CHARLOTTE, N.C. -- The Arctic air has arrived Tuesday with highs only in the 30s and extremely dry air. This air mass is not in a big hurry to leave our area either. This is why a late week storm may bring a serious threat for ice more than snow.
Right now a huge low over the Pacific is breaking off a small piece of energy, which is forecast to move across the Canadian and U.S. border later Tuesday night.
This quick moving system will bring some moisture with it from the Pacific and maybe a bit from the Gulf of Mexico. That really is the big question mark right now: How much more moisture does it grab from the south, if any at all?
The concern is even if there is limited moisture, which it looks like there will be right now. The cold dry air in place over us would cause that moisture to fall as rain into a cold, dry surface layer of air. This, in turn, would cause freezing rain to form. This cold dry air often gets trapped on the east side of the mountains and across the Piedmont in what we call the "Cold Wedge." The GFS model shows this mixed bag of precipitation starting during the day on Friday.
Initially the cold layer is deep enough for snow or sleet but as the warm air aloft moves in this would change it over to freezing rain as the day goes on.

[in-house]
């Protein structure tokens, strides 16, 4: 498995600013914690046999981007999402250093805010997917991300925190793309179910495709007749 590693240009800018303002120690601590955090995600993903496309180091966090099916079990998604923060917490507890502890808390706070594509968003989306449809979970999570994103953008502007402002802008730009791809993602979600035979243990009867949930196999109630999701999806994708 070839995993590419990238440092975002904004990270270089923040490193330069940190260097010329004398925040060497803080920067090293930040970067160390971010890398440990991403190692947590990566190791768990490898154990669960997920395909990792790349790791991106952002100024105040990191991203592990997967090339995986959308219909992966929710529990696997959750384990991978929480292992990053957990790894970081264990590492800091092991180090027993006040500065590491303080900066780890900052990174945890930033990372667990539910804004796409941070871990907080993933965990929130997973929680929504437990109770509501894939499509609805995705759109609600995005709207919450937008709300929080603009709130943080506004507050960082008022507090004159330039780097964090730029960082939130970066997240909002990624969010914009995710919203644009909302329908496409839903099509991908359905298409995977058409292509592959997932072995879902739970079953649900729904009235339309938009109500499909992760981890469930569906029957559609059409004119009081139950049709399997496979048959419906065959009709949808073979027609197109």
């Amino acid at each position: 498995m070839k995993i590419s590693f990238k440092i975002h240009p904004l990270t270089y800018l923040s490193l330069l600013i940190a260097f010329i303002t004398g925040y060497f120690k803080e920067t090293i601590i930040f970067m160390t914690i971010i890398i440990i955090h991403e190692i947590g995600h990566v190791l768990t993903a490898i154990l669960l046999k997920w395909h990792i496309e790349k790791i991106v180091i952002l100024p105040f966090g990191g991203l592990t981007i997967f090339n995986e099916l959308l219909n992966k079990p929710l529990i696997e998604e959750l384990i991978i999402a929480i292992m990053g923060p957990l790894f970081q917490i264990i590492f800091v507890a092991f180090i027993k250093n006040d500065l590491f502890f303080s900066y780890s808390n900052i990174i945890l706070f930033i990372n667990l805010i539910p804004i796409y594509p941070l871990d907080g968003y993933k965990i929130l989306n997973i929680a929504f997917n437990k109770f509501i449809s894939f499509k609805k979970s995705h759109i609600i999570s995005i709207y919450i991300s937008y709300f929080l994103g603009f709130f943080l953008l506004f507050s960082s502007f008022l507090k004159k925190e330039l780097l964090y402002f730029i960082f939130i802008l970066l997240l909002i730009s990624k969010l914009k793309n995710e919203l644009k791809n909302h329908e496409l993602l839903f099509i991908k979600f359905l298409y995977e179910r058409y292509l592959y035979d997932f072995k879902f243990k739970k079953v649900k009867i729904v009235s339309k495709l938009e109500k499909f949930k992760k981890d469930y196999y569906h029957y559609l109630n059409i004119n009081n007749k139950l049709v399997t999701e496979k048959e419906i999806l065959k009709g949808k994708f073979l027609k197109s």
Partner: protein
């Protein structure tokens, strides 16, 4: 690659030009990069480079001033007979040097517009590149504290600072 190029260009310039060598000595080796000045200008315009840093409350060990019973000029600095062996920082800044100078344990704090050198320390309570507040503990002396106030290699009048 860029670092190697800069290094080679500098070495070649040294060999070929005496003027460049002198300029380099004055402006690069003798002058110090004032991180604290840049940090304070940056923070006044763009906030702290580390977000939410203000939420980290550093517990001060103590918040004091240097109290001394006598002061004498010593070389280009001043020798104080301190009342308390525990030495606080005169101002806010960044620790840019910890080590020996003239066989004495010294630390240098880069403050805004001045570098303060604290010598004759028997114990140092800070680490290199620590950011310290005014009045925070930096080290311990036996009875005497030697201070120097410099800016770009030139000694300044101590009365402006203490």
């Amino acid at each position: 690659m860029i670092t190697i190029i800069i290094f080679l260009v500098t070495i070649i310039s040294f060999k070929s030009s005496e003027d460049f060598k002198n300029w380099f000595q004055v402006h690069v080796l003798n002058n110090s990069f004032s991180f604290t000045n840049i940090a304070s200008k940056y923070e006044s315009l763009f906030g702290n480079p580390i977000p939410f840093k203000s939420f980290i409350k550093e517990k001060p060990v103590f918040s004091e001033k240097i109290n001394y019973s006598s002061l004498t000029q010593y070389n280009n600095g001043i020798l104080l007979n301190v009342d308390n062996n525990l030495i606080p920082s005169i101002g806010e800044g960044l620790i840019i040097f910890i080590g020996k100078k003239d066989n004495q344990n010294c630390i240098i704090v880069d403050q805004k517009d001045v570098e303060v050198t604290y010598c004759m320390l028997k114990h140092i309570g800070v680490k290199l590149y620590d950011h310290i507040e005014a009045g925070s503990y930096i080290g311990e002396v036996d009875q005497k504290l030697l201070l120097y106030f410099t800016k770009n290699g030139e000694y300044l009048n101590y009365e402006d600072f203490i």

So while the amounts of precipitation will be light if it's primarily frozen or freezing on the way down, the impacts could be large--especially for the Friday evening commute. Like a lot of these storms around here, there are many moving parts, which even with small changes can have huge impacts on the forecast.
Right now I would expect a mixed bag of wintry precipitation starting as early as Friday morning, With the worst conditions late Friday into the evening. The GFS model shows small snow/sleet accumulations but again coupled with freezing rain could be a real mess.
It's not just one model, either. The ECMWF model or European model shows even more sleet and snow. Below is a side-by-side comparison.
There is reason to put more faith in these models right now because they have better data in them. NOAA has been flying some winter storm reconnaissance missions over the Pacific to collect and add data to the model suite. This is similar to what they do during Hurricane season. So there is slightly better data going into the computer models right now from an area of the Pacific that is usually a data void for the models.
There are three options as I see it right now with the track.
So for now I will stick with a mix and keep my snow meter at a 1 just because of the small amounts. We may need an ice meter if this trend continues.
Stay with the First Warn Storm Team for the latest and most accurate information on this potential winter storm. You can also get updates anytime on WCNC.com or by following me on Twitter @wxbrad or on my Facebook Page.